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Corker 'listening closely' to calls to reconsider retirement

Corker 'listening closely' to calls to reconsider retirement
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Sen. Bob CorkerRobert (Bob) Phillips CorkerSunday Shows Preview: Emmanuel Macron talks ahead of state dinner Pompeo lacks votes for positive vote on panel Democrats mull audacious play to block Pompeo MORE (R-Tenn.) is "listening closely" to constituents urging him to reconsider his decision to retire from the Senate, his office confirmed Tuesday.

“In recent days, people across Tennessee have reached out to Senator Corker with concerns about the outcome of this election because they believe it could determine control of the Senate and the future of our agenda,” spokeswoman Micah Johnson said in a statement to an NBC News journalist.

“The senator has been encouraged to reconsider his decision and is listening closely,” Johnson added.

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The Hill has reached out to Corker's office for comment.

Multiple outlets reported Monday that Corker is reconsidering his decision not to seek reelection this year, with some Republicans worried that the leading candidate to replace him, Rep. Marsha BlackburnMarsha BlackburnTrump backs Blackburn's Tennessee Senate bid Corker won’t campaign against Democrat running for Tennessee Senate seat GOP Senate hopefuls race to catch up with Dems MORE (Tenn.), would not be able to win the general election.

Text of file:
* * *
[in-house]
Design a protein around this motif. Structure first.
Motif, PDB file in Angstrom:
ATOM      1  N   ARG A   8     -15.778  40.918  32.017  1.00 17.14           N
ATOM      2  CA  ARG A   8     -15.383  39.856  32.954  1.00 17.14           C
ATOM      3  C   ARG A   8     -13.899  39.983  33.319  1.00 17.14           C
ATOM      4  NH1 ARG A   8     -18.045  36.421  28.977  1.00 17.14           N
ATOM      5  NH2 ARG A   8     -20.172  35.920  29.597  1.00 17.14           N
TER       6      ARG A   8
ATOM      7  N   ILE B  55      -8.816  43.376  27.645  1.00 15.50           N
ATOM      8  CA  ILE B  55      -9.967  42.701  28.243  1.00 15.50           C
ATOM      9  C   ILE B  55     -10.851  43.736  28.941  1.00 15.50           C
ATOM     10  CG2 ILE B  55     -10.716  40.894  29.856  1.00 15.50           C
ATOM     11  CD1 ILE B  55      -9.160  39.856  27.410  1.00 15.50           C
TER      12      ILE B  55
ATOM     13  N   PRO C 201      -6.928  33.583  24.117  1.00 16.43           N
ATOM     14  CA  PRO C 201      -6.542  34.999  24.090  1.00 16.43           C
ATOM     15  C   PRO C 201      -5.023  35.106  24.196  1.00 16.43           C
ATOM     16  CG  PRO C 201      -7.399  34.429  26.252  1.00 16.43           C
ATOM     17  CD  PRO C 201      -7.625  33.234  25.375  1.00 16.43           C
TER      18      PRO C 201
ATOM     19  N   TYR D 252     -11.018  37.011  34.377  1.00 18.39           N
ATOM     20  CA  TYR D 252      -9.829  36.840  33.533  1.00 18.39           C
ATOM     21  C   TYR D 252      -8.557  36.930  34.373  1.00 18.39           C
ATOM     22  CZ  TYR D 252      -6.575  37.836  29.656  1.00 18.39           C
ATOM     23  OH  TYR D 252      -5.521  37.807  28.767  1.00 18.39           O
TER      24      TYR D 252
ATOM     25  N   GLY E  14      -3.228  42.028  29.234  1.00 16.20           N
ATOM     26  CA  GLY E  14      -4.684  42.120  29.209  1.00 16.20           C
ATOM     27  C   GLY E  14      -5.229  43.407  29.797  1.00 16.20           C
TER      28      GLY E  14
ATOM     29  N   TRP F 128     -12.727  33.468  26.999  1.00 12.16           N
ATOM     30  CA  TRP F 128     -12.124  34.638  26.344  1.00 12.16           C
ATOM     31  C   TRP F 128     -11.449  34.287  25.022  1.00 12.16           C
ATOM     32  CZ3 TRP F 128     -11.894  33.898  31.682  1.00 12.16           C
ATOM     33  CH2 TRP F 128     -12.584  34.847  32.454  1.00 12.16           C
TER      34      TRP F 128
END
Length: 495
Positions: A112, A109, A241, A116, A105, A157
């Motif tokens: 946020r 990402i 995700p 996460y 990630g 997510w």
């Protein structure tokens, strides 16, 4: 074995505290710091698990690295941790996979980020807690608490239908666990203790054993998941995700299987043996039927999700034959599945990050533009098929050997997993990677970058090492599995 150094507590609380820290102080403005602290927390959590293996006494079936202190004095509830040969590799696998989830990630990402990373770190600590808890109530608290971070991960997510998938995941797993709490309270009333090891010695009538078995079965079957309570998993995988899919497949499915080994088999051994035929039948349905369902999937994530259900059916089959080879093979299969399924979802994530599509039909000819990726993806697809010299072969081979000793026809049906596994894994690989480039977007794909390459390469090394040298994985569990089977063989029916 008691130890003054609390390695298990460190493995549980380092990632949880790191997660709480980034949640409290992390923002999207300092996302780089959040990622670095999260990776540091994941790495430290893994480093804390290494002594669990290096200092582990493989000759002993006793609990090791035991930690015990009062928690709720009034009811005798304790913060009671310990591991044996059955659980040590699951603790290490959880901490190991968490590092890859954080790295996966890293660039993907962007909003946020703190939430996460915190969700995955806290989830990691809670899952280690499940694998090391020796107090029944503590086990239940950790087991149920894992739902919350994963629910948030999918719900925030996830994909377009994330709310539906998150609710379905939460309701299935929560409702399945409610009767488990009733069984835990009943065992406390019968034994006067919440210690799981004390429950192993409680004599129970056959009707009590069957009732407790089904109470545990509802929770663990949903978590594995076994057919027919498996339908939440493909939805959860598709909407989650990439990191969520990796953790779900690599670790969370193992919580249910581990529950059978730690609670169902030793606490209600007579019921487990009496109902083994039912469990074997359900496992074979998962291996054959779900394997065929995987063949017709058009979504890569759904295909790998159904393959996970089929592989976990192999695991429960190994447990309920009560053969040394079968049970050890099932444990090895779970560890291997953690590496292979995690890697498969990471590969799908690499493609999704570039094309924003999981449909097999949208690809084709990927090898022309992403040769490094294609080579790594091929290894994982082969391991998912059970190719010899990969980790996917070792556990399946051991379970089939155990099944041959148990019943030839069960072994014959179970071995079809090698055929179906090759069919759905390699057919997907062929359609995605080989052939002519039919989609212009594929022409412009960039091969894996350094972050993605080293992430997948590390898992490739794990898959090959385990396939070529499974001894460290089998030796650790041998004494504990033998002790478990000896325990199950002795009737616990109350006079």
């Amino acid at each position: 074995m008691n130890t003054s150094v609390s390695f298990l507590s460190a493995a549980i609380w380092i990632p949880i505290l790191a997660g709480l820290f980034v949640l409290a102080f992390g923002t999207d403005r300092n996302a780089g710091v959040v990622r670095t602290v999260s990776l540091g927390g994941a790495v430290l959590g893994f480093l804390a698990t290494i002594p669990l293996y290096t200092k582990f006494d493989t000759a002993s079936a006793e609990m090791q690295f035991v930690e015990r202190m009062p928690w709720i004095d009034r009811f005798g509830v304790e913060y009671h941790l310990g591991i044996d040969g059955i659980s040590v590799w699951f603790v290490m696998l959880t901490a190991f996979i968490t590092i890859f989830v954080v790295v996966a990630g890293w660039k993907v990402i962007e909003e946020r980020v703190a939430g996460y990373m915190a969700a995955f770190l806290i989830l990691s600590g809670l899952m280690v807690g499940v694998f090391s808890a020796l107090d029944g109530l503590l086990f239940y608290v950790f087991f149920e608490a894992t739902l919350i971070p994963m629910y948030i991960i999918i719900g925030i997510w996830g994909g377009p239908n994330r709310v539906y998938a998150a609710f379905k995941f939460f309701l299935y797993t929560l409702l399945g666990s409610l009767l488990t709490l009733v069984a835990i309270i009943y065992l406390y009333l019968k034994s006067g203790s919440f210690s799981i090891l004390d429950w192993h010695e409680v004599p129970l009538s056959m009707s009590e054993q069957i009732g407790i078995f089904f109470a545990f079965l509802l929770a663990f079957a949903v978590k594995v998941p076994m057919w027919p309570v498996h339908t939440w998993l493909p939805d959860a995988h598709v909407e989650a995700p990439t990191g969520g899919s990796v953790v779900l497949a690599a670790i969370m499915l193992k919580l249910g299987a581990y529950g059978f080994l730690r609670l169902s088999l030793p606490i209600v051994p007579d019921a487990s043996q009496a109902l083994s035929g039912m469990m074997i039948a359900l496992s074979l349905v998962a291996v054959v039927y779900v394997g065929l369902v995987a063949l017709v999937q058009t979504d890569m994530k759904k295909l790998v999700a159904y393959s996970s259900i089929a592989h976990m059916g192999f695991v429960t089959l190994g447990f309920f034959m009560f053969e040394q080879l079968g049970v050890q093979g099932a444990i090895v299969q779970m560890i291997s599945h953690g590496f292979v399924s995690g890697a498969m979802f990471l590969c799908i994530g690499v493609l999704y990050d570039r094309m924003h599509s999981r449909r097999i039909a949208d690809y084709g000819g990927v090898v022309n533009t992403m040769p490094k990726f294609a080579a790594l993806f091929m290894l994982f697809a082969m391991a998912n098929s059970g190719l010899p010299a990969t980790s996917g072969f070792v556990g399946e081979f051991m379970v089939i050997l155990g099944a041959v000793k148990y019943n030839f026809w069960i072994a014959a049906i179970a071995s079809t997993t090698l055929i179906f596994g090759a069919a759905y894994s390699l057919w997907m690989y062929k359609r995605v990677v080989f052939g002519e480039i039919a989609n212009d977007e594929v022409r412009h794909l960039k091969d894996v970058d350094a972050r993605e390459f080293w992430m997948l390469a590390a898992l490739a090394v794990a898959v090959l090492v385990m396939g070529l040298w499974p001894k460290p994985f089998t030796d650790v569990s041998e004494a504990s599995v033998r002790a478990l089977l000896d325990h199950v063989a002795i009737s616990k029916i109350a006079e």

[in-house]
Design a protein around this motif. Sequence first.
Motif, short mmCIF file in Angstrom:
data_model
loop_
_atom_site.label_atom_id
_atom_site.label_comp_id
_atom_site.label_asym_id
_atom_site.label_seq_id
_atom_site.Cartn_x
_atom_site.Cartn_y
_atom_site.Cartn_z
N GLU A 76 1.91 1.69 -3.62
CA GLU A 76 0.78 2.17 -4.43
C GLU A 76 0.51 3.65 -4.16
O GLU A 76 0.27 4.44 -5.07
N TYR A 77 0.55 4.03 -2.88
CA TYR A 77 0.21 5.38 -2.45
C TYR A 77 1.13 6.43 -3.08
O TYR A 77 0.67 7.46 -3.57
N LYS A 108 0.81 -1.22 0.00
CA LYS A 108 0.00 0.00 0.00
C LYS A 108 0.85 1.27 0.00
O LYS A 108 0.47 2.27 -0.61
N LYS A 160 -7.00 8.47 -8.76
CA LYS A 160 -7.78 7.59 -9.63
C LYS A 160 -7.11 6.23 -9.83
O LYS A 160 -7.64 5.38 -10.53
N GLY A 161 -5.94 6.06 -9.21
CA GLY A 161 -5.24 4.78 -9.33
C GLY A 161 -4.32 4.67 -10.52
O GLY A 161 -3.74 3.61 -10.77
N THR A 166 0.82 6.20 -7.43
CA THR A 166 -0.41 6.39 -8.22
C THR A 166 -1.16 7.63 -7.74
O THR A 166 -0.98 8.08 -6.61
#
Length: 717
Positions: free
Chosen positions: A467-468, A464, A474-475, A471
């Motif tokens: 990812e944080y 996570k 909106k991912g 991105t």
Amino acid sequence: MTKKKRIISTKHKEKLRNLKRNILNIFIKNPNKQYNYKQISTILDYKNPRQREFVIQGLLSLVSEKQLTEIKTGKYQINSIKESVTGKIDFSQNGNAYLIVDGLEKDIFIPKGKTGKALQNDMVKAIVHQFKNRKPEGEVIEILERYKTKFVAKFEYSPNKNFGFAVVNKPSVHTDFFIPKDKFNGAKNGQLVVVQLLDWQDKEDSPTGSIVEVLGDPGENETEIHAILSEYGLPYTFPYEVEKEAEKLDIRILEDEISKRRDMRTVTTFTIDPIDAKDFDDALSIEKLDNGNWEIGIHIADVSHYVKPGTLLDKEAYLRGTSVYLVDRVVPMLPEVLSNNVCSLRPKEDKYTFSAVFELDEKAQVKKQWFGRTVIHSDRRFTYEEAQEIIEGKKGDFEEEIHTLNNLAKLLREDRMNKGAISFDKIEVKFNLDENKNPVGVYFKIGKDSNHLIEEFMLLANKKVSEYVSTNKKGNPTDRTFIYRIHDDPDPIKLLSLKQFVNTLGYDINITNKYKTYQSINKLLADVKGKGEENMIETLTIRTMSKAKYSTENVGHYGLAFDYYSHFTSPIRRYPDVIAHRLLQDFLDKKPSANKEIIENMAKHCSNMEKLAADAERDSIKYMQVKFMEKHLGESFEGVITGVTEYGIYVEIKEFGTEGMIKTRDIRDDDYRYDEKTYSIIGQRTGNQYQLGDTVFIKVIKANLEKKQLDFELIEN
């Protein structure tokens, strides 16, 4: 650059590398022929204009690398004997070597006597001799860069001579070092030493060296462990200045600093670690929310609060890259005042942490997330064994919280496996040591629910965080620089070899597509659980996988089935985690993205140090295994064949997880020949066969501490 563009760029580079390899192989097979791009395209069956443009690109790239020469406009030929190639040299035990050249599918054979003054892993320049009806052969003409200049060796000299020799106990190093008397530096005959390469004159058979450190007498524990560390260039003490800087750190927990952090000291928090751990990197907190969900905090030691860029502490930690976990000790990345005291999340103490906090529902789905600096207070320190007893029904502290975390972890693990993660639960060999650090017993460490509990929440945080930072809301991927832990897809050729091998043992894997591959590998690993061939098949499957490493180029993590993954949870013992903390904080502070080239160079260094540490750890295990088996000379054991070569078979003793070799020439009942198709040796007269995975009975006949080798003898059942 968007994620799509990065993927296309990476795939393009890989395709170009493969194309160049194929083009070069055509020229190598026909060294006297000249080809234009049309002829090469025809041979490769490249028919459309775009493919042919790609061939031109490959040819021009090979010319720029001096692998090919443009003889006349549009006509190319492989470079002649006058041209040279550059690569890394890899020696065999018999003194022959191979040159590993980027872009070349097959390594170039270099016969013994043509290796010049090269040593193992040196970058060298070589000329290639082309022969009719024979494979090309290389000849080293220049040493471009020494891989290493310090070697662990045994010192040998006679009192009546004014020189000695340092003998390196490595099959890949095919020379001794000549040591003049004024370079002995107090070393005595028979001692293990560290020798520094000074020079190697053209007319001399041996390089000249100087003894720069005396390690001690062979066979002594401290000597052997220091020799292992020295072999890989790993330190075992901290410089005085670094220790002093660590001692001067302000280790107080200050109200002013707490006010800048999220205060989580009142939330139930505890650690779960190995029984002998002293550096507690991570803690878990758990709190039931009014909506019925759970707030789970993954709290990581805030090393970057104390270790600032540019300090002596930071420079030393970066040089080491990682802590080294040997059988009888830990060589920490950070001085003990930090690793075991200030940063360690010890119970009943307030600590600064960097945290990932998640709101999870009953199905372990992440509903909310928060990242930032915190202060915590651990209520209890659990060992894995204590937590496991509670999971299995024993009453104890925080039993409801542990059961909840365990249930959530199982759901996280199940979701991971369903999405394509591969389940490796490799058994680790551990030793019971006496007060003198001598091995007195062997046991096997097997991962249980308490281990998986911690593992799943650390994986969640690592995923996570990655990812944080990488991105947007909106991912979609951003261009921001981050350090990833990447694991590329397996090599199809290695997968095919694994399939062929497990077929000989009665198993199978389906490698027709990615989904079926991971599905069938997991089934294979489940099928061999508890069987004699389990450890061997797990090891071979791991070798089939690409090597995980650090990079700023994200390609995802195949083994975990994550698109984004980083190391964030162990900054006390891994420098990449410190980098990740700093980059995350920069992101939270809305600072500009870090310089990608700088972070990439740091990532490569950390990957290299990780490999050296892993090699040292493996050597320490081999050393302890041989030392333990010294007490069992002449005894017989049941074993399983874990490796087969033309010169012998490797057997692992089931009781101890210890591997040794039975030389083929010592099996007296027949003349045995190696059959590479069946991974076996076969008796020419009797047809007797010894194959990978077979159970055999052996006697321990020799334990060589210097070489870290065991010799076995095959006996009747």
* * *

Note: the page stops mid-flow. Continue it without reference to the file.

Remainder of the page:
In addition to Blackburn, former Rep. Stephen FincherStephen Lee FincherTrump backs Blackburn's Tennessee Senate bid Corker backs Blackburn for Senate seat after retirement tensions PPP poll: Dem leads by 5 points in Tennessee Senate race MORE is seeking the GOP nomination for the November election. 

The leading Democratic candidate for the seat is former Gov. Phil Bredesen. 

Corker announced his retirement last September, and sparred with President TrumpDonald John TrumpFlynn to campaign for Montana GOP Senate candidate Trump considering pardon for boxing legend after call from Sylvester Stallone Decline in EPA enforcement won't keep climate bill from coming MORE in the weeks that followed. He said the president is not a good role model, and would be remembered for “debasing” the nation.

Relations between the two have since cooled.